What We Knew and When We Knew it

Kristallnacht (Pogromnacht)

By March 18, 2018 No Comments


November 9-10, 1938

“The essential thing to Berlin was that here at last a Jew had slain a Nazi.”

– Editorial in The Times-Picayune, November 12, 1938

In the aftermath of the Anschluss in March 1938, Polish Jews living in Austria fled back to Poland, where they still had citizenship, or so they thought. The Polish government, its declared policy to force Jews out of Poland, wasn’t interested in Jews returning to Poland, and promulgated a decree whose purpose was to annul the citizenship of Polish Jews who had lived outside the country for 5 years or more. Virtually overnight, 50,000 people became stateless.

Not to be outdone by the Polish government, the Nazis quickly made arrangements to round up and deport the Polish Jews in the Reich before the Polish citizenship law went into effect. The “action” came on October 28, 1938. The Polish Jews were seized from their homes across Germany, loaded on trains, and dumped in a no-man’s land on the German-Polish border. In Paris, a 17 year old Jewish refugee from Germany was enraged when he got word of the brutal expulsion of his parents and sister from Hanover, Germany. Enraged and out for revenge, Hershl Grynszpan was enraged and purchased a revolver. “God forgive me,” he wrote his parents in a last card. On the morning of November 7th, dressed in a coat and tie, he went to the French Embassy. As a ruse, he asked to deliver a document to the ambassador’s secretary. He was directed to the Third Secretary, Ernst vom Rath. Befitting a diplomat with aspirations, he joined the Nazi Party before Hitler came to power. Grynszpan said, “You are a filthy boche and here, in the name of 12,000 persecuted Jews, is your document.” He pulled out his revolver and fired 5 times, striking vom Rath twice and mortally wounding him. Grynszpan was arrested. He told the French prosecutor, “To be Jewish is not a crime. We are not animals. The Jewish people have a right to live.”

In Germany, Nazi violence against Jews erupted immediately (two days before Kristallnacht).

Vom Rath died at 4:30 on November 9th. That night Hitler was in Munich attending the annual commemoration of the 1923 putsch. News of von Rath’s death reached him at 9 o’clock. He was overheard telling Goebbels, “I think the SA should have a fling.” That meant the Brownshirts should have an opportunity to vent their sadistic rage and, incidentally, grab Jewish property, all under the guise of a “spontaneous” outburst of righteous anger by the German people. The orders, long in the making, went out to Nazi party offices and police stations in the Greater German Reich: burn the synagogues, destroy Jewish homes and businesses, protect German property, take Jewish men into “protective custody,” and packed them off to concentration camps.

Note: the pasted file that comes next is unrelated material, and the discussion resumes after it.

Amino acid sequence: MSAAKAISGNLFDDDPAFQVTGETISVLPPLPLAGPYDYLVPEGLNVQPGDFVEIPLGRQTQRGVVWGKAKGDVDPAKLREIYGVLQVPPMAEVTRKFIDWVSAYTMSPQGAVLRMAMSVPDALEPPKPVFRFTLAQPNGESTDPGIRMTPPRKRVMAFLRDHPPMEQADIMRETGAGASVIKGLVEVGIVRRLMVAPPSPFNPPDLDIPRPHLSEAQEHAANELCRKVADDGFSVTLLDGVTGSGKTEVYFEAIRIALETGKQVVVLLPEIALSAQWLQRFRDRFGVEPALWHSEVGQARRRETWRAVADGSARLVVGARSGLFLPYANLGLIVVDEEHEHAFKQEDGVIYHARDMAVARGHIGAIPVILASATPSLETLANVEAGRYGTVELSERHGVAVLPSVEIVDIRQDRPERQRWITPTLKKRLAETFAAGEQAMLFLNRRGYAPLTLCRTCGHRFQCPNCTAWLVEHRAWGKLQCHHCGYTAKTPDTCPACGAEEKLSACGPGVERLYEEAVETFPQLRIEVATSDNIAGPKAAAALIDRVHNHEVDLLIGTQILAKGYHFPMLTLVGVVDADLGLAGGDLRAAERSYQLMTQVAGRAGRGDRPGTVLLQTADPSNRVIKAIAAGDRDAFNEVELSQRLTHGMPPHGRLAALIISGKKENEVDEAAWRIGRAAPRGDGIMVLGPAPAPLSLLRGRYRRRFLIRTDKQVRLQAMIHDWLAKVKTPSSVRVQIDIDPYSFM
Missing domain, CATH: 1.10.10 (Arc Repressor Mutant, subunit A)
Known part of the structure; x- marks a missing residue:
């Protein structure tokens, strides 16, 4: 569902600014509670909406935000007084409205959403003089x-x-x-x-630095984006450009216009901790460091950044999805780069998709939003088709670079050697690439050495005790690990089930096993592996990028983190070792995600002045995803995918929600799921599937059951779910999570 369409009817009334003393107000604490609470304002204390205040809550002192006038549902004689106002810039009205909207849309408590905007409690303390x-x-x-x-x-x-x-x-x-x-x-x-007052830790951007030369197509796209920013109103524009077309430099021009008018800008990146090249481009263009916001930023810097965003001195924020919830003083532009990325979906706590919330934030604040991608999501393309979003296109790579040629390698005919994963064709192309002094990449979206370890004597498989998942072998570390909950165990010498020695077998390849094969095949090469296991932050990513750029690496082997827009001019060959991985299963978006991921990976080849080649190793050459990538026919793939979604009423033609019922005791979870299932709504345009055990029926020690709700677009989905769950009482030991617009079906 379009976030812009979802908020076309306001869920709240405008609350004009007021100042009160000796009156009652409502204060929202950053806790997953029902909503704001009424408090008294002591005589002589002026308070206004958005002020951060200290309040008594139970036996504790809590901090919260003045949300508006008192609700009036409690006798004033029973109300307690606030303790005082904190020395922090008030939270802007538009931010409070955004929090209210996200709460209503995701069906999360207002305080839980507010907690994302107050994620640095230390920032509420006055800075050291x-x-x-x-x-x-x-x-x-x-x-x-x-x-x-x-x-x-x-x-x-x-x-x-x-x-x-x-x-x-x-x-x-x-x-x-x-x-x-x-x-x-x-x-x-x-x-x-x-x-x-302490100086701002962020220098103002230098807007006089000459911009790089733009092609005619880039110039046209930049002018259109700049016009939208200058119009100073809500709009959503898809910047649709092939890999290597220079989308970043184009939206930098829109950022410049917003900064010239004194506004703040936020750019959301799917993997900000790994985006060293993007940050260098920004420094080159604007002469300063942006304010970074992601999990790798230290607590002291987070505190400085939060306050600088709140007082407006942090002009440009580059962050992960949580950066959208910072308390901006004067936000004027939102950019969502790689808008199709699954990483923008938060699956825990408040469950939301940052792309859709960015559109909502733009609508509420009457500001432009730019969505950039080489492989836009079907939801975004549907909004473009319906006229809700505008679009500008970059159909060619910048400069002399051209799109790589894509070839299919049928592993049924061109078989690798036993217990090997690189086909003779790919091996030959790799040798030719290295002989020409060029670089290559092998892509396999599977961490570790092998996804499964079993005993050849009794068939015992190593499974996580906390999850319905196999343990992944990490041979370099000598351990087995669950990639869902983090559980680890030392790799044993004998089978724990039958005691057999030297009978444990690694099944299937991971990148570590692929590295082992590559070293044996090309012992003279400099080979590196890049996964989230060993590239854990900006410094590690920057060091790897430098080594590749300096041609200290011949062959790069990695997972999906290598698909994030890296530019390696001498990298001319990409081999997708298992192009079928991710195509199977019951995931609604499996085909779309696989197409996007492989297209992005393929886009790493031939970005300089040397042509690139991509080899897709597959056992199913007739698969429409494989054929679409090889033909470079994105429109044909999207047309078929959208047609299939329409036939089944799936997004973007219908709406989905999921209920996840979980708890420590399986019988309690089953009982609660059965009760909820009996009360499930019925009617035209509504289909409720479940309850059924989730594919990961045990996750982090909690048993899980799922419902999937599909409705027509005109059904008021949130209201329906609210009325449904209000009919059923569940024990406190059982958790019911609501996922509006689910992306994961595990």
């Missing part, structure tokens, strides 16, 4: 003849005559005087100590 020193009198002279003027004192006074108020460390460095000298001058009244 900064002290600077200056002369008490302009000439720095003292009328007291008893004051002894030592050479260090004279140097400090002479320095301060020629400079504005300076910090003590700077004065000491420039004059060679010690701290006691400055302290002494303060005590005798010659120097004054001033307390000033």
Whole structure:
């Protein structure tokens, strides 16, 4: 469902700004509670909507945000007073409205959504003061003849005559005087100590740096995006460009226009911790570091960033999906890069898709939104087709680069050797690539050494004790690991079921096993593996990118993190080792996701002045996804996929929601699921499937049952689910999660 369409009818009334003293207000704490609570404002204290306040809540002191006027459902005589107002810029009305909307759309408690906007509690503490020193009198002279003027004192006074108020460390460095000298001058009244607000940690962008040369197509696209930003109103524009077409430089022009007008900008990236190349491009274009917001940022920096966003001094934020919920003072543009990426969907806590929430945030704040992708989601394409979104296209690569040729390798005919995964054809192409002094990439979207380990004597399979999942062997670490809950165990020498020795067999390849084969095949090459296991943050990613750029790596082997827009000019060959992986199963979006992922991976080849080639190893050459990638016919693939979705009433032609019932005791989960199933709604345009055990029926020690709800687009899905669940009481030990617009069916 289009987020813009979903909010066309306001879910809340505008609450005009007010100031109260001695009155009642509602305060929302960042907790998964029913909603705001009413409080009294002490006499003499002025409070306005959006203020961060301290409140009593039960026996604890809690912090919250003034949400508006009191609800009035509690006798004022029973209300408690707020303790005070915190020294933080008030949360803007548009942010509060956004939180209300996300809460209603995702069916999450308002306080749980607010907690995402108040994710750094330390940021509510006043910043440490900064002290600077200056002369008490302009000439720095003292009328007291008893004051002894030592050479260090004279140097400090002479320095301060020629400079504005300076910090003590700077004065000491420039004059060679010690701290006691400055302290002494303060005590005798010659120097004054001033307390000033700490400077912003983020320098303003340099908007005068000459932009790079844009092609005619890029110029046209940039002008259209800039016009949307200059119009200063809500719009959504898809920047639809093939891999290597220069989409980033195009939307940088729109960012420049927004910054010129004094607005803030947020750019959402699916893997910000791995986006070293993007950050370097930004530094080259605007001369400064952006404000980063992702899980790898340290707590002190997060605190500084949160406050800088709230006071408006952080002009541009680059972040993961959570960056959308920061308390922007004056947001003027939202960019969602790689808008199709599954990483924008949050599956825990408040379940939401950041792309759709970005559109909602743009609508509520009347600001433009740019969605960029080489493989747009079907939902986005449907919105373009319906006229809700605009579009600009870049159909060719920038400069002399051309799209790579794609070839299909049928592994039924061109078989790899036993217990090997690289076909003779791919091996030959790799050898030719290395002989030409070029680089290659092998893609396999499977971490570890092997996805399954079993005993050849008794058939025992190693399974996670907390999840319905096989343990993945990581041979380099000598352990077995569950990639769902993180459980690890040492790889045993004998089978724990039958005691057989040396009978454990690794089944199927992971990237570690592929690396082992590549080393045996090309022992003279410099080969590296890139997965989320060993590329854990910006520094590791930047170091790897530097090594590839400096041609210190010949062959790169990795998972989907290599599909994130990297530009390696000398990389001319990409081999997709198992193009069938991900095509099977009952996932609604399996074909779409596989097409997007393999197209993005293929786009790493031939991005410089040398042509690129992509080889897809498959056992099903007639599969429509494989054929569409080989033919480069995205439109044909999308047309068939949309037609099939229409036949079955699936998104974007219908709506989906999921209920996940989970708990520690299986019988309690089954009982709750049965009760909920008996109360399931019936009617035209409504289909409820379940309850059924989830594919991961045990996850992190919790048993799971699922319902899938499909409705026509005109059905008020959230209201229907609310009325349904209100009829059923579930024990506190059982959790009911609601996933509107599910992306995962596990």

SA men dressed in civilian clothes led the assault. Ordinary people watched the macbre spectacle. The synagogues in the Greater German Reich were torched. A few were spared because they happened to be located next to German owned buildings. Firemen were on hand to protect the Aryan property. Seven thousand Jewish shops were demolished, the contents dumped on the street. Thieves ran wild. Ordinary people grabbed what they could. “Witty” Berliners gave the pogrom a name that took license from the chards of glass from the smashed windows: Kristallnacht, or Night of the Broken Crystals. The cruel reality was replaced the image of crystals glimmering in the night. Kristallnacht, if properly named, was Pogromnacht (Night of the Pogrom). Thirty thousand Jewish men, many of them veterans of the 1914-’18 war and dressed in coats and ties and overcoats, were sent to concentration camps. Many never left. A urn was sent to their relatives, with a bill for postage. Those with visas, or money to bribe the Gestapo, were released. Treated with unimaginable cruelty, they were haunted for the rest of their lives.

The Times-Picayune reported extensively on Kristallnacht. The first related article appeared on November 10th. For two of the next three days, coverage of Kristallnacht dominated the front page. On November 12th, the newspaper published an editorial, “Pogrom, New Style.”

The Times-Picayune, November 10, 1938 – Editorial, Appeasement Headache, p. 8

The Times-Picayune, November 10, 1938 – GERMAN EMBASSY OFFICER SHOT BY JEW SUCCUMBS, ‘Felt I Had to Do Something to Show Our Despair,’ Says Killer, (AP) p. 6

The Picayune’s first article was on page 6 in the November 10th issue. It reported vom Rath’s death on November 9th and (accurately or not) quoted Herschel Grynszpan: “I did not want to kill. I felt I had to do something to show our despair…I lost my head – I have done a horrible thing.”

The Times-Picayune, November 11, 1938 – KILLINGS CLIMAX RIOTING BY NAZIS, TORCHES PLACED TO SYNAGOGUES, 22 Semites Commit Suicide, 2 Slain in Wave of Violence; Mobs Loot Shops; New Decrees Loom. (The Times-Picayune Foreign Service) p. 1 (entire front page)